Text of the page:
Embracing Entrepreneurship @ The Intersection

More notes from #theXEvent12

Payam Zamani, CEO of Reply.com (http://www.linkedin.com/in/payamzamani)
Jacquelline Fuller, Director of Charitable Giving, Google (formerly of the Gates Foundation) (http://www.linkedin.com/pub/jacquelline-fuller/8/990/8b7)
Leila Janah, CEO of Samasource (http://www.linkedin.com/in/leilajanah)

Jacquelline: “The business model at Google.org is to attack a problem from all angles–funding NGOs, funding companies, advocacy, lobbying. There are more companies that want to give back, but in a way that reflects their DNA, and in a serious way.” Evidence-based giving.

Google takes a portfolio approach–sometimes giving is evidence-based, sometimes it bets on early innovators.

“We back the leader, and we give them the freedom to iterate.”

“You have to understand the context in which the frontline is operating.” To help understand global health, Jacquelline moved her entire family to India for a year.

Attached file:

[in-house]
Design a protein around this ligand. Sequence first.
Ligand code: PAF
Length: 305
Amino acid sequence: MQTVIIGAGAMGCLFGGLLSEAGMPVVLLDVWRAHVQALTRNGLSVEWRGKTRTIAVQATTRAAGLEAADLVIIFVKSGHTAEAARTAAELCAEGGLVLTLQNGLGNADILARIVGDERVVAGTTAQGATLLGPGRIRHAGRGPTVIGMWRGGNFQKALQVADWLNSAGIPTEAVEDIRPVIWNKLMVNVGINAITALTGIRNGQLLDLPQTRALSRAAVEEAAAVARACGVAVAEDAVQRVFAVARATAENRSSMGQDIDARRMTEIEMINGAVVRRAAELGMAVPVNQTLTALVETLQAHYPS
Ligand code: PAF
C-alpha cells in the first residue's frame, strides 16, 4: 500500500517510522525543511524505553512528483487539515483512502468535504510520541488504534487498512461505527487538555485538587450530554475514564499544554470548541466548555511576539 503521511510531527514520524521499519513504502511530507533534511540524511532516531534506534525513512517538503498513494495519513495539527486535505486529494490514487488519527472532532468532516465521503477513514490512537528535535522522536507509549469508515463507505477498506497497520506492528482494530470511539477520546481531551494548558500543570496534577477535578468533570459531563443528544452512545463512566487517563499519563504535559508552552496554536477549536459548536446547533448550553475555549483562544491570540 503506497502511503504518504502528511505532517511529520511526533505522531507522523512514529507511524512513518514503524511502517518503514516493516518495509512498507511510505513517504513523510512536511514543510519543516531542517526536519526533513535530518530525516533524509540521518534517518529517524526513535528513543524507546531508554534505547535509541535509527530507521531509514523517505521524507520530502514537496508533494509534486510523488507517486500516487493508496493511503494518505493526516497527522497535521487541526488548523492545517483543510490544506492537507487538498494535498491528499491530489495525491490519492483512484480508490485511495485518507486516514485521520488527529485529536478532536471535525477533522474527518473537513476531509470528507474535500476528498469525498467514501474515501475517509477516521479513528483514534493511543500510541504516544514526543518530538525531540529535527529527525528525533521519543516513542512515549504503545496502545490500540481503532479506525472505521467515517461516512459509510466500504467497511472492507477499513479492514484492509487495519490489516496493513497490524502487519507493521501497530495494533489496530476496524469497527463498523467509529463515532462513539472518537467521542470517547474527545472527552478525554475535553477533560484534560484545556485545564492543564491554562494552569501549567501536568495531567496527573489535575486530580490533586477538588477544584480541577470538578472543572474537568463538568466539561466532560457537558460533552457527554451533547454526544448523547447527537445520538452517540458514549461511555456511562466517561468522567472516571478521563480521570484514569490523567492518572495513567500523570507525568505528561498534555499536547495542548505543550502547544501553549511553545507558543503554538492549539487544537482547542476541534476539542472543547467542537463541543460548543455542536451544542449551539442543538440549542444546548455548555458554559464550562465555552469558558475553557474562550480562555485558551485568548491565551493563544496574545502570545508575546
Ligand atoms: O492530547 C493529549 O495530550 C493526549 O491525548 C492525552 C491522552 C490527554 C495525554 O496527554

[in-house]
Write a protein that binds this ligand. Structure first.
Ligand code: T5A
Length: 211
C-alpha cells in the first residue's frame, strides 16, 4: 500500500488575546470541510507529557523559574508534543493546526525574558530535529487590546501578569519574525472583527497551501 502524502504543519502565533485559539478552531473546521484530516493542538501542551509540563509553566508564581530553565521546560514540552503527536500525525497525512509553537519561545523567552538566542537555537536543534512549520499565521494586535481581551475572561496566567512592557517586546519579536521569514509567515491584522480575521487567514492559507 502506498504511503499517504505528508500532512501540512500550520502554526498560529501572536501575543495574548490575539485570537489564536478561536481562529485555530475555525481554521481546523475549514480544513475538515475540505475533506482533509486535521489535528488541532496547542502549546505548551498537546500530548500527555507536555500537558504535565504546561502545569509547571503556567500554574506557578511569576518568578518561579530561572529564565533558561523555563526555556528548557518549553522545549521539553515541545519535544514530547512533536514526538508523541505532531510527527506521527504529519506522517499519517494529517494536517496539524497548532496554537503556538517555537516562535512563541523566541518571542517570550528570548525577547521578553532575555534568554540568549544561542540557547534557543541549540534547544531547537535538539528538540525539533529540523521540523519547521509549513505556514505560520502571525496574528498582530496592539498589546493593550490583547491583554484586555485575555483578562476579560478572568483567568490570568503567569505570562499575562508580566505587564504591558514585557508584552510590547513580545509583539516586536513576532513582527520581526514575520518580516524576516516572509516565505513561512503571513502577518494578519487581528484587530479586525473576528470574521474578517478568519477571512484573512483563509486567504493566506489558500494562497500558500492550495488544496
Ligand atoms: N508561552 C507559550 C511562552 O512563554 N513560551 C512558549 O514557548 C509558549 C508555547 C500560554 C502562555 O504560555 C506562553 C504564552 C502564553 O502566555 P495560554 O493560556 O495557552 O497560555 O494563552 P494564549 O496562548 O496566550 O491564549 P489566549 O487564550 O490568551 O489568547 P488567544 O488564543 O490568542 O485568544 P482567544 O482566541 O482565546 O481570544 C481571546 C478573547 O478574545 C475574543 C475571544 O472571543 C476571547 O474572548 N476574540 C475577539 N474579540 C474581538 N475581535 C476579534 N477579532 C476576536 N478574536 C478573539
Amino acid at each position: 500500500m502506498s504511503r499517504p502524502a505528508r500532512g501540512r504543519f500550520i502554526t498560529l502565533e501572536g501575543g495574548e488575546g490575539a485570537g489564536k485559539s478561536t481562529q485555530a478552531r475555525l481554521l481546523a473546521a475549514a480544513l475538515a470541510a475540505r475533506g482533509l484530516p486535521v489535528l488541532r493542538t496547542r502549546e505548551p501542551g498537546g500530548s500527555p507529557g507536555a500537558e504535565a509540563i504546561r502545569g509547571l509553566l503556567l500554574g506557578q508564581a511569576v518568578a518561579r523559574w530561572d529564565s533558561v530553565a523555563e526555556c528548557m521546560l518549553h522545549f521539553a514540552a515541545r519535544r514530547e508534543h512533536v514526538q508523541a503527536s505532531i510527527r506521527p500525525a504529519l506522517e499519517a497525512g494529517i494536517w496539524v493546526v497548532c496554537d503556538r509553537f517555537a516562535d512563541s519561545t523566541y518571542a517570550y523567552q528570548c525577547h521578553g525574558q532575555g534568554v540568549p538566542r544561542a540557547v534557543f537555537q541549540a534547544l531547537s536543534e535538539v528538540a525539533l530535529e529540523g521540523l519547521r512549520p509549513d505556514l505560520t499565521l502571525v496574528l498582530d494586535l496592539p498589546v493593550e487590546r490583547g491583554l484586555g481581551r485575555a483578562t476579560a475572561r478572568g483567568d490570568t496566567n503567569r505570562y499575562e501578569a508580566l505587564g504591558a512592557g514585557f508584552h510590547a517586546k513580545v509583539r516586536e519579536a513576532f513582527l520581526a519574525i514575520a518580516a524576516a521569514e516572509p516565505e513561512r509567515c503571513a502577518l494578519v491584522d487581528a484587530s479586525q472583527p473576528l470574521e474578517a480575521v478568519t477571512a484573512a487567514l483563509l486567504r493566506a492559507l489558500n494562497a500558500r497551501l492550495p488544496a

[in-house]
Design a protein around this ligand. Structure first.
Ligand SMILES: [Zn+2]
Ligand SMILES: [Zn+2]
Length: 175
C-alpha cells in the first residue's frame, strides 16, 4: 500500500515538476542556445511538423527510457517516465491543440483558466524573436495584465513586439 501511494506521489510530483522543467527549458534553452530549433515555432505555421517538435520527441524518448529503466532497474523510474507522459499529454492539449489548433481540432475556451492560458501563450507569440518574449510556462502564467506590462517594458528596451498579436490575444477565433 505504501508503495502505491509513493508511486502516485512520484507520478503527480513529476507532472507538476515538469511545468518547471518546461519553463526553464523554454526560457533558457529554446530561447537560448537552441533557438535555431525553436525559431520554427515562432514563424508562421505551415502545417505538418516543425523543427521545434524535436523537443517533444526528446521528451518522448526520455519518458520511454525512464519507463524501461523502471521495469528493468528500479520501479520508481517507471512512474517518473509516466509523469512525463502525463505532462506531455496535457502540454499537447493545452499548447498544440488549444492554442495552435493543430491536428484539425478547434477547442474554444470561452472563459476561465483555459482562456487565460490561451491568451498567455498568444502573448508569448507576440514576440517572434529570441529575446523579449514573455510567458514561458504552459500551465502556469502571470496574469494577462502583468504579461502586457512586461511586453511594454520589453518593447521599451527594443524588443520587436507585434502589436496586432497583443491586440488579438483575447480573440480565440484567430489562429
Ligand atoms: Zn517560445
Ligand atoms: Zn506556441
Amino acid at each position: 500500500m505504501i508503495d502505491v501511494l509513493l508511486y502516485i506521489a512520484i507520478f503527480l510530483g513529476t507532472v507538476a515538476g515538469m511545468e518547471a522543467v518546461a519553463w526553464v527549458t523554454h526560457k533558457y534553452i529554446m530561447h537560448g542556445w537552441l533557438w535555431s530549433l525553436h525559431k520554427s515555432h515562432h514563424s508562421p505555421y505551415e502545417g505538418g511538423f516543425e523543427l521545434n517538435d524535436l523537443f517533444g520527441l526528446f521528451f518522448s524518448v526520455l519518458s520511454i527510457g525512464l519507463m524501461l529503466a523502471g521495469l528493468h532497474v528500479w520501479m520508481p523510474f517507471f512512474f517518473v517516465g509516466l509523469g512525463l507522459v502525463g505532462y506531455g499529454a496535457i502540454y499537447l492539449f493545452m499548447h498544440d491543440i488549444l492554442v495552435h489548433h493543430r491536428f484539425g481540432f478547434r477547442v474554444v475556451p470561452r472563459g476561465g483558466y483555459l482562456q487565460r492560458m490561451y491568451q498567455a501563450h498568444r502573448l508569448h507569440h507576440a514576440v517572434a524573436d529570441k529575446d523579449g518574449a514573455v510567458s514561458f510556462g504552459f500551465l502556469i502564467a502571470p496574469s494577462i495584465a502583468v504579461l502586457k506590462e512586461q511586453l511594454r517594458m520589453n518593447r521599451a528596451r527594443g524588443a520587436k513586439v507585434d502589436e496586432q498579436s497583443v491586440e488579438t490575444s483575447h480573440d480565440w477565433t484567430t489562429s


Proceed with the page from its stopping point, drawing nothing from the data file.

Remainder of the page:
“Launch early, fail fast, iterate, move on if you have to. Too much of philanthropy is afraid to take a risk. It should provide risk capital for innovation.”

The future:
“One of the things that encourages people to give is social.” Crowdsourcing. Direct to consumer.

Leila: Used a tobacco company scholarship to take a year and teach English to kids at a school for the blind in Ghana. Became obsessed with the idea of creating jobs in poor places. What if we could take work to places where poor people live?

“The fundamental thing that leads to innovation is not accepting the status quo.” We are habit-forming, assumption-making creatures. Going to Africa challenged all my assumptions. We send our people out into the field every year to shake them up.”

“All the people who were previously invisible are becoming visible to us. I met a Sudanese boy in a refugee camp. A month later, he friended me on Facebook.” The power of rapid feedback.

Payam: Giving needs to be genuine and part of what you do or it won’t have staying power. Make bets that are big enough to make a difference if they succeed, but not so big that they take down your business if they fail. “The best ideas that really changed our business came from outside, not from sitting in our own cocoon.”

“Innovation without execution isn’t innovation. It’s just an idea.”

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